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JLeslie's avatar

Do you think doctors should be held responsible for their patients overdosing?

Asked by JLeslie (63083points) February 18th, 2012

If someone takes 20 oxycodone or a bunch of xanax and dies or very injured, can we blame the prescribing doctor? Let’s say the patient does have trouble with pain, or anxiety, or whatever.

Or, the doctor prescribes for a month, but somehow the patients does have some stash saved up, and eventually is taking too much on some days, a dangerous amount. And, combining drugs. More than what the doctor prescribes to be taken at a time.

Is the patient in the end responsible for these types of drugs and what they are taking?

Also, what if the patient becomes addicted, is that the doctor’s fault? If he has given proper warnings of the adfictive properties of a drug?

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22 Answers

MollyMcGuire's avatar

A great big, very loud NO.

auhsojsa's avatar

I don’t think so. Because then there would be a law that would outlaw prescriptions deemed “dangerous” It’s common sense really. Unfortunately some patients don’t list all drugs being taken. Recently a friend from middle school who was a young adult died while taking a bunch of mixed drugs provided by her doctor while in the Navy. Her husband said she wasn’t exactly being herself that week, and it ended in an attempt to hang her self. She survived that, but the damage was done and later died about 5 days later in the hospital. There was a mixture of drugs taken at once, the Navy is paying her husband for damages.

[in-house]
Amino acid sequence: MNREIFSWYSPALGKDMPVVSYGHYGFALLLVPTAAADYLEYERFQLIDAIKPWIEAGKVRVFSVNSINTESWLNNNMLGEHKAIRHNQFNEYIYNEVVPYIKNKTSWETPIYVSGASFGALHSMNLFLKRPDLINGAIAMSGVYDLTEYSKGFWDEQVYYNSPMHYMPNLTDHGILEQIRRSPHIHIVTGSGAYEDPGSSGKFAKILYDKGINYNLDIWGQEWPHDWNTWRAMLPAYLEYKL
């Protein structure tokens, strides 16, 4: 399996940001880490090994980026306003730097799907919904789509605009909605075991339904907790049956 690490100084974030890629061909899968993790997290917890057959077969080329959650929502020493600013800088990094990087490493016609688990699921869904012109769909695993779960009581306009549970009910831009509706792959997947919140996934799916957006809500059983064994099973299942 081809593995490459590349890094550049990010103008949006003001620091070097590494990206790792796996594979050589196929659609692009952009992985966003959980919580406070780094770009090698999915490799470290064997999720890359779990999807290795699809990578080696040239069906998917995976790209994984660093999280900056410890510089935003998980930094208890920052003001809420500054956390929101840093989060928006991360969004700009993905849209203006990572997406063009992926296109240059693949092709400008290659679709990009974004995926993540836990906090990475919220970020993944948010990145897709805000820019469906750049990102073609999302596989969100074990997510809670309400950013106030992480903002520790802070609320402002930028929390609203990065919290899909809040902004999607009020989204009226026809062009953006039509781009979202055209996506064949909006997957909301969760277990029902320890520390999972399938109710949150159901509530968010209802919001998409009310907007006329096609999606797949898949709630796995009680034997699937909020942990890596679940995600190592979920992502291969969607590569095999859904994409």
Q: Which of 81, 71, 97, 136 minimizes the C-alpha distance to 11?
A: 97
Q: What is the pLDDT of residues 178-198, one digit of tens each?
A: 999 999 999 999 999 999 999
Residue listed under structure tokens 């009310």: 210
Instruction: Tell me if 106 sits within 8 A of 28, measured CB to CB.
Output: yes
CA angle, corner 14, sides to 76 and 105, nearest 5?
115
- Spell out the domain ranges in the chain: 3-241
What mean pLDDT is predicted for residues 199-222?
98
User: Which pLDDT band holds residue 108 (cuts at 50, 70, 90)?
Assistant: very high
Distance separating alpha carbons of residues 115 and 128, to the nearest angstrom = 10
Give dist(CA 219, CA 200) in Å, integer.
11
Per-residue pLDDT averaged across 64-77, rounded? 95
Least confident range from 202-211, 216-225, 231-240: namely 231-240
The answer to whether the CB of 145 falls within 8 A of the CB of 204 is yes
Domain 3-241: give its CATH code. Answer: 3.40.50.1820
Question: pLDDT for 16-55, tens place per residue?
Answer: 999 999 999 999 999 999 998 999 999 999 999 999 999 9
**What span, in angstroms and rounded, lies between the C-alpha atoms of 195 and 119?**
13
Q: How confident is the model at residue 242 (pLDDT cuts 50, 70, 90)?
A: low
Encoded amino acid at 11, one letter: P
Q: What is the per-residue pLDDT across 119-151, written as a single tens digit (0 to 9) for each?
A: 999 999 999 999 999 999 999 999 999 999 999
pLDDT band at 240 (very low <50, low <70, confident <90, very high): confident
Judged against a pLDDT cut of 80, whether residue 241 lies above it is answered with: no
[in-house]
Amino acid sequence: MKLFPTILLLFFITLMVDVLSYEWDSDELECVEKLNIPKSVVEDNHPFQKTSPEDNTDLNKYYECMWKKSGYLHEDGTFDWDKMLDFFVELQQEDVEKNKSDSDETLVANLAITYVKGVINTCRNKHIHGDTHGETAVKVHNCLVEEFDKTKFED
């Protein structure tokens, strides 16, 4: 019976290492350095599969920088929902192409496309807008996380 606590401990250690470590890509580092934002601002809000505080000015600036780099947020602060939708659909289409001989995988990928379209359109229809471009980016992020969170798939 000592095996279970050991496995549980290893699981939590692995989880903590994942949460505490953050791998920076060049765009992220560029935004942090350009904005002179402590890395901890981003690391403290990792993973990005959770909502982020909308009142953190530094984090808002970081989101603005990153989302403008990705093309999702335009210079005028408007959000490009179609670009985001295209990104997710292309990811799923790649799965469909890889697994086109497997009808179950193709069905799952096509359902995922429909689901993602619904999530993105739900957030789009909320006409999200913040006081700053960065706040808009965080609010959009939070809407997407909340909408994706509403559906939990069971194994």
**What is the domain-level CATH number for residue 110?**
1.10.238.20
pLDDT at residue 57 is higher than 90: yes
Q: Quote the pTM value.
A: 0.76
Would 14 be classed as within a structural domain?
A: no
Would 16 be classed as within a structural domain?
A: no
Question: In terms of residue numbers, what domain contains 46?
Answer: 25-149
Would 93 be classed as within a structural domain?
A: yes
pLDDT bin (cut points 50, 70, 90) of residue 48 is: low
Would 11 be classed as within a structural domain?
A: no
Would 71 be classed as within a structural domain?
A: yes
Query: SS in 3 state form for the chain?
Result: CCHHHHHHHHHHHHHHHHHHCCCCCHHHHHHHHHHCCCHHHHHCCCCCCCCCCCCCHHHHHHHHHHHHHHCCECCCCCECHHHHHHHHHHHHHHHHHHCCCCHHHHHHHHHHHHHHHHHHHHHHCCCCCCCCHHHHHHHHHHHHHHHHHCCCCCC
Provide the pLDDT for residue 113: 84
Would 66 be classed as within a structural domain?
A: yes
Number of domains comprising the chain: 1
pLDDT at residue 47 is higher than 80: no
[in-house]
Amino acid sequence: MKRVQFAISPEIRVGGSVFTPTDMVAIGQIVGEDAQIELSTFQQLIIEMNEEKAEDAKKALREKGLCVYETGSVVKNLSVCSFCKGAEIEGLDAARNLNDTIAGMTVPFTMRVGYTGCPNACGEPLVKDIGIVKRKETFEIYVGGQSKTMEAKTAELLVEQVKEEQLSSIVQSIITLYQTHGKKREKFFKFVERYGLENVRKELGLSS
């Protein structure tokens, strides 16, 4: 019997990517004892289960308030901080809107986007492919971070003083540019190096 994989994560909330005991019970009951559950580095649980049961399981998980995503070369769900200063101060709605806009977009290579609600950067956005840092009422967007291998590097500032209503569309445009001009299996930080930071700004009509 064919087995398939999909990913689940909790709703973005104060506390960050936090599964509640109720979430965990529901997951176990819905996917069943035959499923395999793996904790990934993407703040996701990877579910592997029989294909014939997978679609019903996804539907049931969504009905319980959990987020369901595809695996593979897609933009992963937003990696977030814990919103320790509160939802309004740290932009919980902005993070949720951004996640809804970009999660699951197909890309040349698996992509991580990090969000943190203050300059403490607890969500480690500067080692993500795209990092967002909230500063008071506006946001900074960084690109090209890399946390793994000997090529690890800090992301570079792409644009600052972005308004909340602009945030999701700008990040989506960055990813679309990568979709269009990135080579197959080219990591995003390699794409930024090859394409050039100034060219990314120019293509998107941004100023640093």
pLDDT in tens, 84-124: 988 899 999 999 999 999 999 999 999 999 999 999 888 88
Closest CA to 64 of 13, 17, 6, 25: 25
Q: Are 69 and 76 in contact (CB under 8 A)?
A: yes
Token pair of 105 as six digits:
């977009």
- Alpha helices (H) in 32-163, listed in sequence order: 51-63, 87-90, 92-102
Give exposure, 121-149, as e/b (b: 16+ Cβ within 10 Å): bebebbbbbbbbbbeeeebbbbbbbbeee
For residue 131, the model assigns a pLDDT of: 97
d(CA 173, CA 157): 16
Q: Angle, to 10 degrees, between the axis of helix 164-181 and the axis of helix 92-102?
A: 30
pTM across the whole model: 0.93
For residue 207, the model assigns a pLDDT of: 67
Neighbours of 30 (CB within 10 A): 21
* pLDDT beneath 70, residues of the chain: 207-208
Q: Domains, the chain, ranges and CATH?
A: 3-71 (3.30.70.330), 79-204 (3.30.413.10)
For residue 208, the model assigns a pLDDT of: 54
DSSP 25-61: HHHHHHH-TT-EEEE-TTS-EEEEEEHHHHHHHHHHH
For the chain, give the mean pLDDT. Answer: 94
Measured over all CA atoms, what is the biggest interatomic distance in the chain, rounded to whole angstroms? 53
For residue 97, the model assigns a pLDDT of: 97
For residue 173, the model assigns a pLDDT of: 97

So as simple as the answer seems, it can be very tricky.

ZEPHYRA's avatar

No way, if an adult can’t be responsible for himself why should the doctor be responsible?

augustlan's avatar

I don’t think so, generally. I do think it’s a doctor’s responsibility to be aware of and to watch for signs of addiction, though. Like the patient running out of meds sooner than s/he should, you know?

Bellatrix's avatar

I agree with @augustlan. In most cases no, but they should be watching for signs of addiction and also make sure the patient is aware of the dangers of taking too much of any medication or not completing a course of medicine.

Nullo's avatar

The doc and the label both provide the proper dosage. It’s up to the patient to actually listen.

Lightlyseared's avatar

Yes. And car manufacturers should be responsible for people driving too fast, mobile phone companies should be responsible for people who drive and test at the same time, firearms manufacturers should be responsible for people who kill with their weapons, knife makers should be responsible for people who cut themselves. It would be great.

cazzie's avatar

Suicide isn’t always predictable, but when there are signs, I think all care givers need to be on the look out, but ultimately, it’s the person who swallows the pills that is responsible.

When someone takes their own life, it’s easy to look for blame somewhere else. Many close people blame themselves. An addict or a suicidal person finds a way to get what they want.